Note on R supergroups of trigonal P space groups: The trigonal P space groups Nos. 143–145, 147, 150, 152, 154, 156, 158, 164 and 165 each have two rhombohedral supergroups of type II. They are distinguished by different additional centring translations which correspond to the obverse' and reverse' settings of a triple hexagonal R cell; cf. Chapter 1.2 . In the supergroup tables of Part 7 , these cases are described as [3] R3 (obverse) (146); [3] R3 (reverse) (146) etc.

#### 2.2.15.4. Minimal isomorphic supergroups of lowest index

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No data are listed for isomorphic supergroups IIc because they can be derived directly from the corresponding data of subgroups IIc (cf. Part 13 ).

#### 2.2.15.5. Note on basis vectors

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In the subgroup data, a′, b′, c′ are the basis vectors of the subgroup of the space group . The latter has the basis vectors a, b, c. In the supergroup data, a′, b′, c′ are the basis vectors of the supergroup and a, b, c are again the basis vectors of . Thus, a, b, c and a′, b′, c′ exchange their roles if one considers the same group–subgroup relation in the subgroup and the supergroup tables.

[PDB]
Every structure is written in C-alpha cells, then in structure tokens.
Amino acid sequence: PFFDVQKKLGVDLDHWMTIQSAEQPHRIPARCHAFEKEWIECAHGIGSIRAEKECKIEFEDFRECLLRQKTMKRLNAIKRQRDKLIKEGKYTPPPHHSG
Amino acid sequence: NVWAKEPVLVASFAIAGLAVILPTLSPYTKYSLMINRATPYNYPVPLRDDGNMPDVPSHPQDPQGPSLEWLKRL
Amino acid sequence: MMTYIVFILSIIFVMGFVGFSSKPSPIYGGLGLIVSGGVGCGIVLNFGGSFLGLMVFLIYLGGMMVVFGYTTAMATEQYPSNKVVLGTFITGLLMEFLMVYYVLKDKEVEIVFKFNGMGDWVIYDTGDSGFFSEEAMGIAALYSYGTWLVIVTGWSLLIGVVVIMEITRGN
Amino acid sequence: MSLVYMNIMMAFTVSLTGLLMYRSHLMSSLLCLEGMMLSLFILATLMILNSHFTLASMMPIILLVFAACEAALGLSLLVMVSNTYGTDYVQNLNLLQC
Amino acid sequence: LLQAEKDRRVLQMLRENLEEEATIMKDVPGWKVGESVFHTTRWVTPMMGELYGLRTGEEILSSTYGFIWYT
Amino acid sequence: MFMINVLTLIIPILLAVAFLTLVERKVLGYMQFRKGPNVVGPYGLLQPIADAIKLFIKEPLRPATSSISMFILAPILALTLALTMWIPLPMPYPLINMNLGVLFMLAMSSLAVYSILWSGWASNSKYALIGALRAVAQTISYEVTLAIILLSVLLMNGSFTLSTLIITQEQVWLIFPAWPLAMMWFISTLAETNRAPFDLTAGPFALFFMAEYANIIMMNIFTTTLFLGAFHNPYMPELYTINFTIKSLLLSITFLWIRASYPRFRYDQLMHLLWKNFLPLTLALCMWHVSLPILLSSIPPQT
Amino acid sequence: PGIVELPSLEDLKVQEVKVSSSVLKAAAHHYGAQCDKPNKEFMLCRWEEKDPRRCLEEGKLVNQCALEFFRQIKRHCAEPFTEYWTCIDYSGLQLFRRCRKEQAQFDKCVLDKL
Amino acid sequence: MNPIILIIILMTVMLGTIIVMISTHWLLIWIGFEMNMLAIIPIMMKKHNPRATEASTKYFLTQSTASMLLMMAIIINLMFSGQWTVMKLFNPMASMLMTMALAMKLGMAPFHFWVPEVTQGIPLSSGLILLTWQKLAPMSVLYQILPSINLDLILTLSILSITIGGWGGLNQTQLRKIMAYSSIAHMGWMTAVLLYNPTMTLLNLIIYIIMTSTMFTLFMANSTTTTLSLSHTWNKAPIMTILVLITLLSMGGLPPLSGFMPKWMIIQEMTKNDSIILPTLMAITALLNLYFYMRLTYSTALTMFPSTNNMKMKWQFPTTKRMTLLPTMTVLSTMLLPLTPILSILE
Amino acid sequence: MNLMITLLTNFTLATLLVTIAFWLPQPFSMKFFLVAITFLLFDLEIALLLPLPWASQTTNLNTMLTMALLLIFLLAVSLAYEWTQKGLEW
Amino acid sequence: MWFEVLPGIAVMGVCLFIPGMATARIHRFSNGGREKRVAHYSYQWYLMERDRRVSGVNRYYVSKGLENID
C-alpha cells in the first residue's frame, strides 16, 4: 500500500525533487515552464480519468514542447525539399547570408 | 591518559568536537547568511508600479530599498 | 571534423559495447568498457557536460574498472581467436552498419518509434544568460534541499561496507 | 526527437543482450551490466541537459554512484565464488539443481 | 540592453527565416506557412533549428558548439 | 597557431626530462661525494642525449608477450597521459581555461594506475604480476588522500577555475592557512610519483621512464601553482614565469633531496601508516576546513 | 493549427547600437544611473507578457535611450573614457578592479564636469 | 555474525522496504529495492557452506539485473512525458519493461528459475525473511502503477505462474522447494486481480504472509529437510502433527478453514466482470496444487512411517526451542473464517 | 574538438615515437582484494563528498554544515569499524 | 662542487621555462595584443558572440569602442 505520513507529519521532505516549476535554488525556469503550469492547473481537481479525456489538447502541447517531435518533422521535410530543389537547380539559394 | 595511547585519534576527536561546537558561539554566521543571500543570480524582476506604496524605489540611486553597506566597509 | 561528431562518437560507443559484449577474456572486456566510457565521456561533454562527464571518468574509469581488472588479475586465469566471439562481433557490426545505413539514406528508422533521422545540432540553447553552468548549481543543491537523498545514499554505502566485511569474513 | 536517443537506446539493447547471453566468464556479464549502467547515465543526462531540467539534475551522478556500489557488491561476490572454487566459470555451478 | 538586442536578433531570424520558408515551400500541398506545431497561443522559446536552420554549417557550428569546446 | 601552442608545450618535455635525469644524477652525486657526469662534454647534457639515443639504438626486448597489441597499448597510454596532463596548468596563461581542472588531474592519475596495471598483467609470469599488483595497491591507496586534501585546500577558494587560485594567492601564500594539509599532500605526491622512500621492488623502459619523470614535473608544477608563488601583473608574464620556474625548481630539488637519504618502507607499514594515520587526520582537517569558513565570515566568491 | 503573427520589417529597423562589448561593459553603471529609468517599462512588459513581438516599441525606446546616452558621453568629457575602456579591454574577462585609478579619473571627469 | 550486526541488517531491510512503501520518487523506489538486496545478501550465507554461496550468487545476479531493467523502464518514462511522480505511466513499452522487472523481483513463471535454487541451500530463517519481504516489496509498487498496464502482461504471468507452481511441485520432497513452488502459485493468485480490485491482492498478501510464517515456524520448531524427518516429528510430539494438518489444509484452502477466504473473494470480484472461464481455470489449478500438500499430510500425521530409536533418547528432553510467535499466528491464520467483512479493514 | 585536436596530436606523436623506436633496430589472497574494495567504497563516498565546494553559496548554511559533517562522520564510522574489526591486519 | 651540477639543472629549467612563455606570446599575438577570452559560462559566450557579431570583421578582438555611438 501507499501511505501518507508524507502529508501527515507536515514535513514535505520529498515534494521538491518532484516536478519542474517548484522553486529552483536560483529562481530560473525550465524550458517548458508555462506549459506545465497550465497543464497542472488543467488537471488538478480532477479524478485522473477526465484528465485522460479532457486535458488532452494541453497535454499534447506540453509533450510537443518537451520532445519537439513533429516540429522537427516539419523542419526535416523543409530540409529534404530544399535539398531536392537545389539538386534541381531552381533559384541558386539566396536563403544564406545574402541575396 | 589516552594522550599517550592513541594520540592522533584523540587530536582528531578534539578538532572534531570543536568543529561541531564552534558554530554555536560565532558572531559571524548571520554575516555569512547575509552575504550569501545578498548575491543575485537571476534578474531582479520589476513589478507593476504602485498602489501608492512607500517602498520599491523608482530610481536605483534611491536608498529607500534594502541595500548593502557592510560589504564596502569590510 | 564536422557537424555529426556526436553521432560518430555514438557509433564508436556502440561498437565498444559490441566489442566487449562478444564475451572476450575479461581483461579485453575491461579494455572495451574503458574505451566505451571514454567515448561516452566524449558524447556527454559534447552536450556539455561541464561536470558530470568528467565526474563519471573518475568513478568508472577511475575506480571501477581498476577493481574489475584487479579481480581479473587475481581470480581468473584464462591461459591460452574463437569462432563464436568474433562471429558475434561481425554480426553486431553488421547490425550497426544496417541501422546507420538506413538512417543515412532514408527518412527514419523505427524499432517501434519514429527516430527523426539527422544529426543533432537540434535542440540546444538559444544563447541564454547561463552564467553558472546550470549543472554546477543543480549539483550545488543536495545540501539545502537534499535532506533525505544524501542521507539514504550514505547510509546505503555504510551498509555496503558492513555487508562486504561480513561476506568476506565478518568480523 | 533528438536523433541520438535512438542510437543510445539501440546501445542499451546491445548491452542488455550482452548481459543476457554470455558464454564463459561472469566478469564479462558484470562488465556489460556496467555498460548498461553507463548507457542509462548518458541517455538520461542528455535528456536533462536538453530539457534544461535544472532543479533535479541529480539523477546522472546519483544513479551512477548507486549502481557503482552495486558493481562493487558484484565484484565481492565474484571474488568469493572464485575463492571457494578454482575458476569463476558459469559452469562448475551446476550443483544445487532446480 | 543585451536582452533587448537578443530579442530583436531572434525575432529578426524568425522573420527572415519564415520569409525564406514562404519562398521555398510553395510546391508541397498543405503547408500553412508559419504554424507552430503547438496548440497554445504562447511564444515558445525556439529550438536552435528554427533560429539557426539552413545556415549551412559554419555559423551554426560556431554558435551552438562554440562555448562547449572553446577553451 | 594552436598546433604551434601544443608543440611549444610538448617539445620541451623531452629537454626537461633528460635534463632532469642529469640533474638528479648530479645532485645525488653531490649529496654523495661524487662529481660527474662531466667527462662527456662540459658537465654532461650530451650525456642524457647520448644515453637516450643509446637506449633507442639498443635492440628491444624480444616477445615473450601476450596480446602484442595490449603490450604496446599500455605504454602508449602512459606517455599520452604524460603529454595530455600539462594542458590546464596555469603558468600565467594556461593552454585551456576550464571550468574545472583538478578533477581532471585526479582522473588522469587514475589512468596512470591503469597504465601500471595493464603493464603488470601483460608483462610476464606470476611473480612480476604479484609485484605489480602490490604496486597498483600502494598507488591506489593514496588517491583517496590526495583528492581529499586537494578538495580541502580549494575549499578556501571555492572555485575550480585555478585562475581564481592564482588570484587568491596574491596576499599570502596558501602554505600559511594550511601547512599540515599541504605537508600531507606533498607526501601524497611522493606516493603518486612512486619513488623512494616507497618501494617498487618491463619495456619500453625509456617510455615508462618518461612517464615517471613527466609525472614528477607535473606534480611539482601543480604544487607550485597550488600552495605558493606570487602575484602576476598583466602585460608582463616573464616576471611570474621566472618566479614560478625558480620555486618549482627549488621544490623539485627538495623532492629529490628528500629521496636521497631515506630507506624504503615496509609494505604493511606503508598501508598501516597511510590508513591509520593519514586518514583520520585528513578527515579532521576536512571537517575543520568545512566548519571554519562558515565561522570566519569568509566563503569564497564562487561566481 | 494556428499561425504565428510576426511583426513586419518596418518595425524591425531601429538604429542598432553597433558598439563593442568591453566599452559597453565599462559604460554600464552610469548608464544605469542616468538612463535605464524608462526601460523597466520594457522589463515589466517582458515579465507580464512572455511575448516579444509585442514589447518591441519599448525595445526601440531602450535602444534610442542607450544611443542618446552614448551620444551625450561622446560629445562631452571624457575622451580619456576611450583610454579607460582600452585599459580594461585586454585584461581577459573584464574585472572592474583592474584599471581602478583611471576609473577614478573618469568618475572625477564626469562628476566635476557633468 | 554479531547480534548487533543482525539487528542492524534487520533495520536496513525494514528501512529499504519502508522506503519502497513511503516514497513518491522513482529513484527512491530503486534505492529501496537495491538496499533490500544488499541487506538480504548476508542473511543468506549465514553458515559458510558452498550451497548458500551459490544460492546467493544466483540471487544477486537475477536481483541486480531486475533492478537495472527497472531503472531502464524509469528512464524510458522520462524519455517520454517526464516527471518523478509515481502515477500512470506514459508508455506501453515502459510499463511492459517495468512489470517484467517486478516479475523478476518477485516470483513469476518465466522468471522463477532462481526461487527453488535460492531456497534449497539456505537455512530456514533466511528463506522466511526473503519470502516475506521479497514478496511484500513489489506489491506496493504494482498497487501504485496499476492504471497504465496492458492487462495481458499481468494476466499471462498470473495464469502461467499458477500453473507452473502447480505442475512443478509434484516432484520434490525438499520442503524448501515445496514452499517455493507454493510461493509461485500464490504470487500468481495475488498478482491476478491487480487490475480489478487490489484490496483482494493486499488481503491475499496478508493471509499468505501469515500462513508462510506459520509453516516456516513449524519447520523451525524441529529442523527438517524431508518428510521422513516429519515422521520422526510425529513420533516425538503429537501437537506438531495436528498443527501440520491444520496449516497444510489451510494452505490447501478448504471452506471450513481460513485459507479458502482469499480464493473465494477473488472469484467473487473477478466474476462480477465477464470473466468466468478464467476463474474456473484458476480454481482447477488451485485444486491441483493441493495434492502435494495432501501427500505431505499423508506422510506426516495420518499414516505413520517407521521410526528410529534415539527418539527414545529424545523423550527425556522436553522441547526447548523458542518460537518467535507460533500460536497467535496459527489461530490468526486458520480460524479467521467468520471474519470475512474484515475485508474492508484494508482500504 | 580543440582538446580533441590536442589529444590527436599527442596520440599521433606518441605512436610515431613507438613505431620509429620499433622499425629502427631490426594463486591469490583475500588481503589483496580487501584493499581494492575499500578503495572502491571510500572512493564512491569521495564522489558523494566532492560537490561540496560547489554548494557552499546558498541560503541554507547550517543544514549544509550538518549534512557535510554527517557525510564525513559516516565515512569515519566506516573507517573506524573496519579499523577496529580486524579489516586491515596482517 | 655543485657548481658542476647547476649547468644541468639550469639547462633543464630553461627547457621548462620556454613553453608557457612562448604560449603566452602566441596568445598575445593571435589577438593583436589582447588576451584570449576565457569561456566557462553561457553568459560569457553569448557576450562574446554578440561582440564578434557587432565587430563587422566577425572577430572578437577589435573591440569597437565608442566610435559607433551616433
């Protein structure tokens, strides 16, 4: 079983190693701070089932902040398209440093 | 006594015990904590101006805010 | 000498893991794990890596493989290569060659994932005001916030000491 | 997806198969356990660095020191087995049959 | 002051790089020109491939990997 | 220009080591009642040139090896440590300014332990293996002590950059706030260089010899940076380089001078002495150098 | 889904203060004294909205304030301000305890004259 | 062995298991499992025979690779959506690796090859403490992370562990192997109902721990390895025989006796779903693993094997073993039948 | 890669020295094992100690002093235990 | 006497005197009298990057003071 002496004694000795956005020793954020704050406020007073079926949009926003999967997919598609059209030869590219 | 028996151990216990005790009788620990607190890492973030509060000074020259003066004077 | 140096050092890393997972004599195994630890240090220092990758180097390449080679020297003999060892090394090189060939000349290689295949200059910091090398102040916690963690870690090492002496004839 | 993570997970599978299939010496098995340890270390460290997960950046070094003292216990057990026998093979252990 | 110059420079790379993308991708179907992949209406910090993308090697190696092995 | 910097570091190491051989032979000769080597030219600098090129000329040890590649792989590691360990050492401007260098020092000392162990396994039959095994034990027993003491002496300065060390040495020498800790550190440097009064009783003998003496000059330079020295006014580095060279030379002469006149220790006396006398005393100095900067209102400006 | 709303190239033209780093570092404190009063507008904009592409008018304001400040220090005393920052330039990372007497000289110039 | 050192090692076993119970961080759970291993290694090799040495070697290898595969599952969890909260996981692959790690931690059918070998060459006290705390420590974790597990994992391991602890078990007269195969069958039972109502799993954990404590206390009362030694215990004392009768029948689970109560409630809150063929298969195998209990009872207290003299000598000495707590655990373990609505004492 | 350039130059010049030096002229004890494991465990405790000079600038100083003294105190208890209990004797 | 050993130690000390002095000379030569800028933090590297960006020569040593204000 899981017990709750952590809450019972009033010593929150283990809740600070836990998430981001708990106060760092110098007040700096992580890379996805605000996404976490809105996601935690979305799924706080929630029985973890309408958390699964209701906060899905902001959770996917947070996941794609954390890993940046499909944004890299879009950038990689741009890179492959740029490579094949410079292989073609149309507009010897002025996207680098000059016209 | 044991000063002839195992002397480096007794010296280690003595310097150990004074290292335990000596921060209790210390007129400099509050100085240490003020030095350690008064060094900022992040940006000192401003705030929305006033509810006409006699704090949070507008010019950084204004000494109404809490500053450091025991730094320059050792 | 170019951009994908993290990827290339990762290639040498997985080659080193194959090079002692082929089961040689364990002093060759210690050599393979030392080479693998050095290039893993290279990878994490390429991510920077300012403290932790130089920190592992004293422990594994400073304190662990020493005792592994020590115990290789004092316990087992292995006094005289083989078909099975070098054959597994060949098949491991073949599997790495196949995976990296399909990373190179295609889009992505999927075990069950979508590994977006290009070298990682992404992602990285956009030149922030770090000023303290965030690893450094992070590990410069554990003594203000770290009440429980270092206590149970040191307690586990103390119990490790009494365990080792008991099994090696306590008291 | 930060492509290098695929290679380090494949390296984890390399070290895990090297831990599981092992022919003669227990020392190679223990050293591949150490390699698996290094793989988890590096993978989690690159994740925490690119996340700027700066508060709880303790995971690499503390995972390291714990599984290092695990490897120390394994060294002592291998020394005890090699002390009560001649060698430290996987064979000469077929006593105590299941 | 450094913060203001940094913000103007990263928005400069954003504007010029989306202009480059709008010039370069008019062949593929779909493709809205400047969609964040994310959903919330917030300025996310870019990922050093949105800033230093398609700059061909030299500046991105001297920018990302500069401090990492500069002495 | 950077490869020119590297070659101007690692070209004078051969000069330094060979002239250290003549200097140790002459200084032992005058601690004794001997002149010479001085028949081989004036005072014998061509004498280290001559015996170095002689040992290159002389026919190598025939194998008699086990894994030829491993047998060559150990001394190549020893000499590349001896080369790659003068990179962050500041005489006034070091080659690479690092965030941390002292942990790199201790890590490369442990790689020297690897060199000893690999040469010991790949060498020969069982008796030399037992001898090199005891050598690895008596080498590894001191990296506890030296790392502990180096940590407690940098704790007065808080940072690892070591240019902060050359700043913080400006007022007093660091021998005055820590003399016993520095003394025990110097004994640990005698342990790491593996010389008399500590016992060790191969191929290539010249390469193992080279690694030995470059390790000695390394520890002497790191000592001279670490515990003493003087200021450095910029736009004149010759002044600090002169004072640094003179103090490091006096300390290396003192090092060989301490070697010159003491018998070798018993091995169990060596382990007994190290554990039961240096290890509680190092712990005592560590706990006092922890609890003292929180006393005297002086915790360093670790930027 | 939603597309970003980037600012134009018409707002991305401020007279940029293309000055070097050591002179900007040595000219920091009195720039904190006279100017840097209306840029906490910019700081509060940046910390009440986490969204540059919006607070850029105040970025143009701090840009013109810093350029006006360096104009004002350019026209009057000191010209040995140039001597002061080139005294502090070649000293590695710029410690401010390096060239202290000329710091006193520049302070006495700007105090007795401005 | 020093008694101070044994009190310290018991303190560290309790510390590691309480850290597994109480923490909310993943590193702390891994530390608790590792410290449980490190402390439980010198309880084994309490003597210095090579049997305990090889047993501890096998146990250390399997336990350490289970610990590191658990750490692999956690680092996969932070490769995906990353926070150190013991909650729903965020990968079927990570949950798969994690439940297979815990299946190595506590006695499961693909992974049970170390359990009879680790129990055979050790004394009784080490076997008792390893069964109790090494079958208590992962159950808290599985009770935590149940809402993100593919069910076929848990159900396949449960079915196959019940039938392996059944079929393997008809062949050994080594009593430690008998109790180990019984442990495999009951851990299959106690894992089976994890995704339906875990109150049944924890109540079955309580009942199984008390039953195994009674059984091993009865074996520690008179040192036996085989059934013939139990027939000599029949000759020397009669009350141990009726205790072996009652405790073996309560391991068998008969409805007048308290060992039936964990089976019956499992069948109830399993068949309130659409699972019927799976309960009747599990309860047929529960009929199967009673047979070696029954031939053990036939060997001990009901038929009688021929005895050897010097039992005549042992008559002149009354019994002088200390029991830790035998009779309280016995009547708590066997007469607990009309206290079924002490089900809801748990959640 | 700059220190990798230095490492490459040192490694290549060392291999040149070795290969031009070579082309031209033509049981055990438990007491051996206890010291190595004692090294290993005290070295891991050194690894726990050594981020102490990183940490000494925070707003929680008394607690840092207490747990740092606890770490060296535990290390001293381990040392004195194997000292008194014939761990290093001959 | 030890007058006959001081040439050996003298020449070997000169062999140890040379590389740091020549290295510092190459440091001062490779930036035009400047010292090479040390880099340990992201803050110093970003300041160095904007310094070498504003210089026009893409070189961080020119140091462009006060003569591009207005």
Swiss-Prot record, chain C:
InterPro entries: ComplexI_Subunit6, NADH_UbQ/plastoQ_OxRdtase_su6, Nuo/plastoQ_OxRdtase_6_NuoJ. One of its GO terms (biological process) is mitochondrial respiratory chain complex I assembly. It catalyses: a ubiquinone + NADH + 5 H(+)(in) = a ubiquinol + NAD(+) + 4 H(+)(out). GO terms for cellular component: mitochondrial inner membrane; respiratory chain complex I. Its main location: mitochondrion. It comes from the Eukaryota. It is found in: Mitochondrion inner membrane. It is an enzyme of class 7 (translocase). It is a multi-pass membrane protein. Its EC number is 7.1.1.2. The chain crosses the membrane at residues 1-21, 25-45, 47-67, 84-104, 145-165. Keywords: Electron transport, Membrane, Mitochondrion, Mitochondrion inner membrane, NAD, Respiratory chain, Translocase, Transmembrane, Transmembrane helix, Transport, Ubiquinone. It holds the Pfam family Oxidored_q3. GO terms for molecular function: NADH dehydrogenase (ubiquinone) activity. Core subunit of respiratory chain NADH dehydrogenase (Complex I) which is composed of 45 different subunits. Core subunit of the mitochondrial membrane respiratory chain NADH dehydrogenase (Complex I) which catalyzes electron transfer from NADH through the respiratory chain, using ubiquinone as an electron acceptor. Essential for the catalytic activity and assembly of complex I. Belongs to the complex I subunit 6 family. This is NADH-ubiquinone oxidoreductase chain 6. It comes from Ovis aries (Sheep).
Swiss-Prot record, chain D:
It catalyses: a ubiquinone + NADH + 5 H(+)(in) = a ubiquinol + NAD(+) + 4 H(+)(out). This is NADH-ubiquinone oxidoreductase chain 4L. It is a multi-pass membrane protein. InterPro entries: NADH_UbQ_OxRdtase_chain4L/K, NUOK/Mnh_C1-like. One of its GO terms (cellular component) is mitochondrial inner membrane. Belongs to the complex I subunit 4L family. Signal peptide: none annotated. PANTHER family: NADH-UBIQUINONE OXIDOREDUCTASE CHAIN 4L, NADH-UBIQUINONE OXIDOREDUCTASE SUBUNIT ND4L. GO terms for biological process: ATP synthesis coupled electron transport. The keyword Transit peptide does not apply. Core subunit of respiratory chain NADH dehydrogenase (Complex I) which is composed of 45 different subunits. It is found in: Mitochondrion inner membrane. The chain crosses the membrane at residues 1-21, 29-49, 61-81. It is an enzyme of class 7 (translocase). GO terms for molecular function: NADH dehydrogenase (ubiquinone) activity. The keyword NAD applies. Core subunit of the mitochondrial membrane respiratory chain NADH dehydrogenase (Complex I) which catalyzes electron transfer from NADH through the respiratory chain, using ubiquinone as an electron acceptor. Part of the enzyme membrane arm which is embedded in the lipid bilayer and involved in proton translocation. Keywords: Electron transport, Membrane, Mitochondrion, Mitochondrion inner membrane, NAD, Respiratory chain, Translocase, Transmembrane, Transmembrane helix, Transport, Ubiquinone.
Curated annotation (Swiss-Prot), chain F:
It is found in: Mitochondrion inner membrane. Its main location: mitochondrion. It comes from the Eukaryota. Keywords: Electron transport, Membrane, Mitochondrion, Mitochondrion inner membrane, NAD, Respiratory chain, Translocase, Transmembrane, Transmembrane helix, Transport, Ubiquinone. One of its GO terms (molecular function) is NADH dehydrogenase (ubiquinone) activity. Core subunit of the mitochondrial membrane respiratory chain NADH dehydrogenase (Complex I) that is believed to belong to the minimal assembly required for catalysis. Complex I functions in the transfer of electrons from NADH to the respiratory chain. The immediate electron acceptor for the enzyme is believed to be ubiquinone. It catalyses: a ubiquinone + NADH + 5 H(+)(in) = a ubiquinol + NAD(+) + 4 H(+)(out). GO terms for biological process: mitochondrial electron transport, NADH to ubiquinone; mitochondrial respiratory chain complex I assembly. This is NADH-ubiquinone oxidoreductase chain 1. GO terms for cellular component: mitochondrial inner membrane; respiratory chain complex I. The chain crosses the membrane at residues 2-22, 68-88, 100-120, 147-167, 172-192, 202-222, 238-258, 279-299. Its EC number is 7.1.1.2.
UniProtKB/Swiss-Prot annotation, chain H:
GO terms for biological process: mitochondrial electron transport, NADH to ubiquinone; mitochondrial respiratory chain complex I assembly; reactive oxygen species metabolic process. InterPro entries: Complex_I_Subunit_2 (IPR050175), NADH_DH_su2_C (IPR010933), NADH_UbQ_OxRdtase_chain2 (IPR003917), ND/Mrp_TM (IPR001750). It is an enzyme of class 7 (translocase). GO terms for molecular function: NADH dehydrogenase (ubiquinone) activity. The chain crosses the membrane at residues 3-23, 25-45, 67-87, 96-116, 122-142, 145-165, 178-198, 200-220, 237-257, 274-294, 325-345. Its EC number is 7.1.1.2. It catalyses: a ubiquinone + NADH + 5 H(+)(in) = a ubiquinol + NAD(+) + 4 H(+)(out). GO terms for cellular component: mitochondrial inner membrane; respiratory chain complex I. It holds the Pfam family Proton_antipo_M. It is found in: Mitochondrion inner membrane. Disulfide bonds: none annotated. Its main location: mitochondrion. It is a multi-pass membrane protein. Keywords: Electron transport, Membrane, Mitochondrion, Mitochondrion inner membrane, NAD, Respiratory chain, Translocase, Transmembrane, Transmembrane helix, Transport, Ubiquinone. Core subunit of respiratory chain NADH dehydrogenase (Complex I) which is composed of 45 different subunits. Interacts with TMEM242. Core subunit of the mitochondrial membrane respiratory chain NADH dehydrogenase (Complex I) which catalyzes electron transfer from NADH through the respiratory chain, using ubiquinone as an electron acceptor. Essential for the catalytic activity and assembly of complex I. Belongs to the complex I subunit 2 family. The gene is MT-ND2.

#### Examples

 (1) Listed under subgroups IIb, one finds, among other entries, ; thus, . Under supergroups II of , the corresponding entry reads ; thus . (2) Tetragonal k space groups with P cells. For index [2], the relations between the conventional basis vectors of the group and the subgroup read (cf. Fig. 5.1.3.5 ) Thus, the basis vectors of the supergroup are An alternative description is (3) Hexagonal k space groups. For index [3], the relations between the conventional basis vectors of the sub- and supergroup read (cf. Fig 5.1.3.8 ) Thus, the basis vectors of the supergroup are An alternative description is

### References

International Tables for Crystallography (2004). Vol. A1, edited by H. Wondratschek & U. Müller. Dordrecht: Kluwer Academic Publishers.